No figure in the horror film genre is as divisive as Lucio Fulci. After watching his films, viewers tend to move into one of two camps. One side hails Fulci as a master of terror, a man who upped the gore quotient in his films while creating wonderfully atmospheric pictures. For these people, Fulci is up there with the likes of Dario Argento as one of the best Italian horror directors. The other camp sneers at these claims, pointing to the plodding pace of his films, the use of extreme gore to camouflage plot holes, and the director's inability to draw good performances out of his cast as evidence of mediocrity. Initially, I enjoyed Fulci's films, specifically "Zombie," "City of the Living Dead," and "The New York Ripper" because I did not know any better. When I came on the scene, you went to Fulci to feed your gore cravings. What a difference a few years exploring the genre makes! While I will not go so far as to remove Lucio from my play list, I have seen enough of his films to realize he is not a cinematic genius. He is at best a competent director, at worst an abysmal one, and there are plenty of examples of bad filmmaking in this director's filmography. Welcome to "Touch of Death".
The movie introduces us to a sad, pathetic loser named Lester Parson (Brett Halsey). Old Lester has a big problem with the ponies, one that finds him constantly digging himself deeper into debt in order to satisfy his cravings at the racetrack. He also has a problem trying to pull off that cheesy looking beard, but that's another story for another day. Anyway, Parson loses so much money gambling that he must constantly borrow dinero from a local loan shark to cover his bets. You know what happens next: Parson owes so much money that the shark threatens to send a few bonecrushers over to Lester's place unless he pays his debts. Ooooh! Fortunately for our bearded hero, he hits upon an excellent plan that will not only pay off Luigi the Loan Shark but also fill his wallet to the brim with some walkin' around money. What's the plan? Simple. He pores through lonely heart ads in the newspaper, finds a suitable mark, and then homes in for the wooin' and the robbin'. Yep, that's right. Lester Parson preys on lonely old biddies, really ugly old dames too, and cleans out their bank accounts.
To insure the success of his nefarious schemes, Parson has to kill his victims. Unfortunately for them, Lester seems to relish sending these ladies into the great unknown. I offer as proof of this assertion one of the opening scenes of the film, the one in which we see Les firing up the old chainsaw in order to reduce one of his conquests to her component parts. Fulci makes sure we understand what's going on by letting the camera linger on the unfolding atrocity. And linger. And linger. Yecch! We'll see more violence later, including a nasty bludgeoning and magic with a microwave, before the movie judders to a stop. Too, Uncle Lucio makes Parson a cannibal--just as a lark, I'd imagine. Let's see, what else happens? Oh yeah: someone else seems to be ambling around mirroring Lester's atrocities, which makes our man a wee bit nervous. He's so nervous, in fact, that he spends some time trying to discover the identity of this nefarious culprit. He also spends a lot of his free time tape recording comments about his various activities. Did I mention the tape machine talks to our hero? Uh huh. Looks like Lester's a little light in the head as well.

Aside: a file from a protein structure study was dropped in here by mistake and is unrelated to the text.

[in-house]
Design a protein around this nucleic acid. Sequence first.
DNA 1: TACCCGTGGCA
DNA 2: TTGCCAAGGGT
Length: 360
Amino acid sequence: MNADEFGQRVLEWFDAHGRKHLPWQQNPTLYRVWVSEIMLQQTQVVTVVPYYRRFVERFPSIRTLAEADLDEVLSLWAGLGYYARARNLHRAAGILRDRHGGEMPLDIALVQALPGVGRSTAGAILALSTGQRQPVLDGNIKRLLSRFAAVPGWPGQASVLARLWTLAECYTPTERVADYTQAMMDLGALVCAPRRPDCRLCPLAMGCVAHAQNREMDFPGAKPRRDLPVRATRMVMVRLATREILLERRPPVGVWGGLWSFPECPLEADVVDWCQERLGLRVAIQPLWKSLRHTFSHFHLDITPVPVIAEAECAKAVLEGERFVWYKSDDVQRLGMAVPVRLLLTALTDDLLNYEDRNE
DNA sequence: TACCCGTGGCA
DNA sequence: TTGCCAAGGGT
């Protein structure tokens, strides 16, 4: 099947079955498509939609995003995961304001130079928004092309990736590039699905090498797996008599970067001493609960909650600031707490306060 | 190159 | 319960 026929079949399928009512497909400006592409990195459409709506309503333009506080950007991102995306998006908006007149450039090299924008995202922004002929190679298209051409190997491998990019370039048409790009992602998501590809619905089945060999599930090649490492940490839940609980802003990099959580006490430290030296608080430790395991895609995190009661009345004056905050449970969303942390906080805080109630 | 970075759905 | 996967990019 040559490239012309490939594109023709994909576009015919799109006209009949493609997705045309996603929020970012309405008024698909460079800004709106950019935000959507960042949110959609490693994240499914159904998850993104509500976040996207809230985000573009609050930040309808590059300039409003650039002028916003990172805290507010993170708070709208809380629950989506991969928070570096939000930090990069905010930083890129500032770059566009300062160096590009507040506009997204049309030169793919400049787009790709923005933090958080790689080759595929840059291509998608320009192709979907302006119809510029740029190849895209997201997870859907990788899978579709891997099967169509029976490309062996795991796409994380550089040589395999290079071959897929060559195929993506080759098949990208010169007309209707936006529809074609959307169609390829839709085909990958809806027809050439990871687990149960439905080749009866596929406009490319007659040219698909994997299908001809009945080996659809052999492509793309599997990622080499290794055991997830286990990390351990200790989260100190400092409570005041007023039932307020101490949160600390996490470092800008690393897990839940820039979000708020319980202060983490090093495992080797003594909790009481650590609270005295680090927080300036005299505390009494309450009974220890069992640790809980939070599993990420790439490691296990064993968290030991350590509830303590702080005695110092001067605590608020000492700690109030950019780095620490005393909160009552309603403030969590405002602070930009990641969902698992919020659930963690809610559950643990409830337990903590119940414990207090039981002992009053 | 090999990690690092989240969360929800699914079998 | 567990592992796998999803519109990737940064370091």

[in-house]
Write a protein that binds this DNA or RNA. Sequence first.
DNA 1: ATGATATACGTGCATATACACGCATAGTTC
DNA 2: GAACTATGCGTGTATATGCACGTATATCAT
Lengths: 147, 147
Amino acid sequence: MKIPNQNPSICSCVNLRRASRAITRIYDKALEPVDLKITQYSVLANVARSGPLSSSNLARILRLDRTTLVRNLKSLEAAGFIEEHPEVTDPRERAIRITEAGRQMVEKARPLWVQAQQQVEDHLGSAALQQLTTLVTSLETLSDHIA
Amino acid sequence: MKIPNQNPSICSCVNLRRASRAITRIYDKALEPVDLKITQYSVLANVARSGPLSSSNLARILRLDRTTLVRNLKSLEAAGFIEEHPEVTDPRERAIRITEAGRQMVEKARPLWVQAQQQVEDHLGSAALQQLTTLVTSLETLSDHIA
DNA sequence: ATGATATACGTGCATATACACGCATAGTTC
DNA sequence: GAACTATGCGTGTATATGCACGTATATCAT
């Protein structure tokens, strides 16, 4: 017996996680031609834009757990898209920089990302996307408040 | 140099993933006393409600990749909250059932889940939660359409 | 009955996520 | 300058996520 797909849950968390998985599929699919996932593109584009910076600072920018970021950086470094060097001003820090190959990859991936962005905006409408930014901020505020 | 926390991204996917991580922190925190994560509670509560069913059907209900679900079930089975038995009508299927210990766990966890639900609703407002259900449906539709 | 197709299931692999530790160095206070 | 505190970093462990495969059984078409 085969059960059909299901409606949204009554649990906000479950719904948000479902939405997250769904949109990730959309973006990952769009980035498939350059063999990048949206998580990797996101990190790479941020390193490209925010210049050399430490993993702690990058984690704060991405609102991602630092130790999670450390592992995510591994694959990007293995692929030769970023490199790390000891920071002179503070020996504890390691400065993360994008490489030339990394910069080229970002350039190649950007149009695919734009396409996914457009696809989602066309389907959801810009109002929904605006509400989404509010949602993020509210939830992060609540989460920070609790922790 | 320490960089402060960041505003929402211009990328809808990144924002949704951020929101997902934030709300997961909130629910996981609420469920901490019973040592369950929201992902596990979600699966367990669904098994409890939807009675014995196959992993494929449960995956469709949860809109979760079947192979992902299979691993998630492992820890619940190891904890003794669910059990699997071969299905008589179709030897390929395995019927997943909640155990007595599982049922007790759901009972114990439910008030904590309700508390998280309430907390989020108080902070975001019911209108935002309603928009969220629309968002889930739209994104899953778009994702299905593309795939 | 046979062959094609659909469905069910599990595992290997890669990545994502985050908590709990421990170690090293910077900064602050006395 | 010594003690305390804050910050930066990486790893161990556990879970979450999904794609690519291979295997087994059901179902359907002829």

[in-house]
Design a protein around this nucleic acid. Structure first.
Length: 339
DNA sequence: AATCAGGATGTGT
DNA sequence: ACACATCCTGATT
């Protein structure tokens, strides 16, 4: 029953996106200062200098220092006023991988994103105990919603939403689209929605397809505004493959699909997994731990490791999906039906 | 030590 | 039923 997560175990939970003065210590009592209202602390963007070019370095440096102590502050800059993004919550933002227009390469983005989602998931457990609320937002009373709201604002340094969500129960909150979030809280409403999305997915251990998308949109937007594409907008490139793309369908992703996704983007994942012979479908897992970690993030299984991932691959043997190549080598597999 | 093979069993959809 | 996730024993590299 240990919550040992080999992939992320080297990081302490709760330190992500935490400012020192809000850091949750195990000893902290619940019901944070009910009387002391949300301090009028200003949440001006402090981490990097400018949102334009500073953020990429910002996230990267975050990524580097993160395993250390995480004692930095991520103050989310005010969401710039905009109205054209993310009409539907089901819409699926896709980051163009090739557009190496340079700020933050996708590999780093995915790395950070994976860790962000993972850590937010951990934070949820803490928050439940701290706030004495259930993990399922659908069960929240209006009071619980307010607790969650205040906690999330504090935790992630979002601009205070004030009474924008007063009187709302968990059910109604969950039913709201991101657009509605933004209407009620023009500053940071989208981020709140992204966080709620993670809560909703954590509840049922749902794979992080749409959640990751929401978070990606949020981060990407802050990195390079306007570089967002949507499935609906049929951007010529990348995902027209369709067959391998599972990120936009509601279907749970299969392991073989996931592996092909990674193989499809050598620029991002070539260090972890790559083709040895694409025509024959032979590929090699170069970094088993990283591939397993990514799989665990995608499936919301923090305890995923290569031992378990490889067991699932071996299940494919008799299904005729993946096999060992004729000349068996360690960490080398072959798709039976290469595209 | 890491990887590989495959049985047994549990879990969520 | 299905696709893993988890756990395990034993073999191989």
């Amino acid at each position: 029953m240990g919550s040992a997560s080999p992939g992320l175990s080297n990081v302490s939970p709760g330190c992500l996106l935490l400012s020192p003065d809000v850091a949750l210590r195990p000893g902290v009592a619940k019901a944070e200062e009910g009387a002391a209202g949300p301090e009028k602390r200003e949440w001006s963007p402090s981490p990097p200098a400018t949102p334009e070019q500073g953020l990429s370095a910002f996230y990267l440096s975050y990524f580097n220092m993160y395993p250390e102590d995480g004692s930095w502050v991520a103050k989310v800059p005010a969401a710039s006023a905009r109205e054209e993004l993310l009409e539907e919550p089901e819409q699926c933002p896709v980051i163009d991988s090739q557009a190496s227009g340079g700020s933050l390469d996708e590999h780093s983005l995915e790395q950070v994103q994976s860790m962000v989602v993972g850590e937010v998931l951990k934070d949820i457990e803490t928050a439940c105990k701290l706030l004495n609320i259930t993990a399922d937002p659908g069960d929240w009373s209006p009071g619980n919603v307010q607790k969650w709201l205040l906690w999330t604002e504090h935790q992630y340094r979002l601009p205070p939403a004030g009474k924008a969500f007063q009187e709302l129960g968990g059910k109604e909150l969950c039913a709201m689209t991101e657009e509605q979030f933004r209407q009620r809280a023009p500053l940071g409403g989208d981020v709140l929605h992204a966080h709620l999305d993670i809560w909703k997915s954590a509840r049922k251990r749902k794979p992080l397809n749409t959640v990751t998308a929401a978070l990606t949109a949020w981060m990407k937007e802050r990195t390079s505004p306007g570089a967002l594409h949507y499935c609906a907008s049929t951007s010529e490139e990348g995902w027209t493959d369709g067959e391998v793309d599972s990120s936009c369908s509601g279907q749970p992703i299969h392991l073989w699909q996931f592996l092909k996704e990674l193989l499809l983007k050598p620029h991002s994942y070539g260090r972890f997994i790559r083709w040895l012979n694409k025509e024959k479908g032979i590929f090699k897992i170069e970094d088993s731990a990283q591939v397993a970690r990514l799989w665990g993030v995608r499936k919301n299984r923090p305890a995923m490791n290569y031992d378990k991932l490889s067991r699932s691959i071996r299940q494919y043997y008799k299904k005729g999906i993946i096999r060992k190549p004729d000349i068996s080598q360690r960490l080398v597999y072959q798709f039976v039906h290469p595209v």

"Touch of Death" isn't a stellar addition to the horror canon, but then again Fulci wasn't turning out his best work by 1988. His glory days came earlier, in the 1970s and early 1980s. This movie, while gory in spots, fails to capture the charm of his earlier outings. In those movies Fulci would spread the sauce from beginning to end. Here, we see a trio of heinous crimes--a bum run over with a car, the bludgeoning followed by fun with microwaves, and the chainsaw gag--and then the gore essentially disappears. Seeming to sense that the movie won't live up to expectations, Fulci lards the film with healthy doses of black comedy. See Lester try to stuff body parts in the trunk of his car! Har Har Har! See Parson grimace as he must romance his extraordinarily ugly conquests! Oh, my sides! Granted, smooching a gal with hairy moles or cold sores isn't my cup of tea, but it's not particularly amusing either. The funniest thing about "Touch of Death" involves nothing that appears in the film but rather the realization that Lucio made the movie for television. For television! Those wacky Italians! In what bizarro universe would a movie like this appear on television?
Considering the less than sublime quality of the film, it is somewhat surprising to see "Touch of Death" receive such an excellent treatment on DVD. I'm not talking about the picture quality, which isn't good by a long shot. It's the extras where this Media Blasters disc really shines. Included for our pleasure is a lengthy audio commentary from none other than the late Lucio Fulci! It is not actually a commentary in the traditional sense (he doesn't even discuss this film) but a sort of synopsis of Fulci's career spanning the time he spent as a screenwriter up to the arrival of his 1971 classic "Lizard in a Woman's Skin". Then we get comments from Fulci historian Paolo Albeiro and an interview with star Zora Kerova. Cool! Trailers, a still gallery, and a promo for "Touch of Death" round out the disc. Obviously, Fulci aficionados will want to pick up this disc. All other viewers should start with his classic stuff and work their way up to this one.